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‘Preventing Violent Extremism’: A dangerous precedent

Muslim communities have been demonised as terrorists and extremists posing a threat to national security

Issue No. 2175

The Observer newspaper presented the findings of a major survey into race in Britain in November 2001. One question asked which ethnic community had had the most positive influence on British society. Some 52 percent of respondents replied Asian.

Jump forward eight years and the landscape looks very different. Muslim communities have been demonised as terrorists and extremists posing a threat to national security.

A Harris poll in 2007 found that nearly 30 percent of people in Britain believed that it was impossible to be both a Muslim and a Briton and 38 percent thought Muslims posed a threat to national security.

This dramatic change can only be explained in the context of the “war on terror” and the government’s targeting of Muslim communities as the “enemy within”.

The government’s Preventing Violent Extremism (PVE) programme has been centrally important to this.

PVE has its roots in something called the Contest strategy that was launched in the aftermath of the 9/11 bombings. Contest is the government’s counter-terrorism strategy.

Contest suggested that Muslim communities were becoming a fertile recruitment ground for Islamist extremists and that funding should be put in place to “win the hearts and minds” of marginalised communities.

The PVE pathfinder fund was made available in 2006 with £6 million available for 2007-8. In July 2007 Gordon Brown announced a further £70 million over three years.

Extremism

PVE money is supposed to “support local authorities and community groups in improving the capacity of local communities to resist violent extremism”.

As someone who lives in the north west of England – and who has Nazi Nick Griffin as one of my MEPs – I’m all in favour of resisting Nazi extremism. But the strategy is targeted at Muslim communities only.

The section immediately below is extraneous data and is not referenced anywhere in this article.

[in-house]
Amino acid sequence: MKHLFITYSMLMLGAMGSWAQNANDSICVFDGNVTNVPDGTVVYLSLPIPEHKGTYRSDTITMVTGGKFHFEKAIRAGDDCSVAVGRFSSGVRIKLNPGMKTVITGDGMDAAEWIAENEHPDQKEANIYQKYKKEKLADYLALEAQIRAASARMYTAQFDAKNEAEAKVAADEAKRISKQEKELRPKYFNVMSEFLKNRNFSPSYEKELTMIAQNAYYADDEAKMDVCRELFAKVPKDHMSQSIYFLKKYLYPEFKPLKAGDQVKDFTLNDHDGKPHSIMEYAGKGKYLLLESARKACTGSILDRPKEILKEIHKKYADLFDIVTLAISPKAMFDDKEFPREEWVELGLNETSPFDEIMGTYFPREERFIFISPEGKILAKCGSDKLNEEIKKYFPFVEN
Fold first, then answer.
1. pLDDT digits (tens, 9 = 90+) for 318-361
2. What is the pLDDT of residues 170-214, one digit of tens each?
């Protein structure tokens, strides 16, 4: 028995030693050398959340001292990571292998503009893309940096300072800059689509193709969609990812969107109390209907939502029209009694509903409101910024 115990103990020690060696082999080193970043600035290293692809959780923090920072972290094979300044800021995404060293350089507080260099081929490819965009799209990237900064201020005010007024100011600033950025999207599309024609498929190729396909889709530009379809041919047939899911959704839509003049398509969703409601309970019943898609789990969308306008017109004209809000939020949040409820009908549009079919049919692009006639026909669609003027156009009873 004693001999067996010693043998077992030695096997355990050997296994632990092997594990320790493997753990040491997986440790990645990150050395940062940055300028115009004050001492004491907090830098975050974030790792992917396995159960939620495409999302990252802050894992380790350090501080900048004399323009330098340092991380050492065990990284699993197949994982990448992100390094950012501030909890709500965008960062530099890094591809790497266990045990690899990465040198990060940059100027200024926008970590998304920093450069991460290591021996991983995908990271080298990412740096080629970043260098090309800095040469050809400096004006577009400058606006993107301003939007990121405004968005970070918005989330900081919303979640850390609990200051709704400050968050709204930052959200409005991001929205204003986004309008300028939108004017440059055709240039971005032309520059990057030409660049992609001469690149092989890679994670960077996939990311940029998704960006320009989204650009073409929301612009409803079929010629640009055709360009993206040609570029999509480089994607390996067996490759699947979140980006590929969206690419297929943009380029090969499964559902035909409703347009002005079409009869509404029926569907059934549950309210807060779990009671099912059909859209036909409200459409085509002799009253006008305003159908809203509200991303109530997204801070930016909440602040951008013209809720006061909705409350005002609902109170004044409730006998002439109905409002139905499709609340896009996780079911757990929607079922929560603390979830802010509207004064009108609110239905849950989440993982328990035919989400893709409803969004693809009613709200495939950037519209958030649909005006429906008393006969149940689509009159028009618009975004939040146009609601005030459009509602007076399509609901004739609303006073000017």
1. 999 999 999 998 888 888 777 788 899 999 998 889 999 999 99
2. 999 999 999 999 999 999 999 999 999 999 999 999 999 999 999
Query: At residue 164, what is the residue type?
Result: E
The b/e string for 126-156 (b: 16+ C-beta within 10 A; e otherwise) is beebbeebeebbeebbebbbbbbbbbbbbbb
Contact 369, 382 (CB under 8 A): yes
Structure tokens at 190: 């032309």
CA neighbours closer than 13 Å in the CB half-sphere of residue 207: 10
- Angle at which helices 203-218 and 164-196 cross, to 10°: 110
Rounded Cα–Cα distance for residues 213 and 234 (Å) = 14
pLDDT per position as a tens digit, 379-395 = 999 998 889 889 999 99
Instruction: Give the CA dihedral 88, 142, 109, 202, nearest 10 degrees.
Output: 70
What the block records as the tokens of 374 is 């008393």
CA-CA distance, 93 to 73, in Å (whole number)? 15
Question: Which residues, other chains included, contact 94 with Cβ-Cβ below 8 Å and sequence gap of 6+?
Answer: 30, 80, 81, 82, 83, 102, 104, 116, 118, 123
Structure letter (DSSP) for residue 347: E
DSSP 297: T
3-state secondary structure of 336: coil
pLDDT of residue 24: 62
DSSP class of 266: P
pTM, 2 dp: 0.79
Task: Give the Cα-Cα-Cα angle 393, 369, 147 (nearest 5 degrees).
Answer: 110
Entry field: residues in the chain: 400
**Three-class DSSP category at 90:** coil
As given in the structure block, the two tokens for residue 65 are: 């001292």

In particular, money has been made available to improve the governance of mosques and mosque schools and to ensure that imams could speak English.

The government says a lot about challenging “extremism” but what does it define as extremism?

I asked this question at a briefing for councillors on PVE. I was met with a deafening silence.

Earlier this year the Guardian newspaper reported a leaked document showing that the government regarded important “indicators of extremism” to include opposition to government foreign policy, Middle Eastern governments and homosexuality.

The furore caused by this leak has meant that the government has now refused to offer any definition of extremism!

Kris Hopkins, the leader of Bradford council, claimed on Newsnight last year that the government had said, “If we are willing to go out and monitor the Muslim community and use the resources of the local councils to do that, they would release an amount of money to us.”

In March this year it was reported that 200 children, some as young as 13, had been identified as “potential terrorists” by teachers and those involved with PVE projects. In the period prior to June 2008 only ten children had been identified in this way.

The government’s aim is to integrate PVE funding into mainstream educational, social service and other funding streams.

This means extending the security arm of the state and restricting the civil and human rights of increasing numbers of people.

It is a dangerous precedent – and one that we should resist with all the means at our disposal.


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Tue 27 Oct 2009, 18:37 GMT
Issue No. 2175
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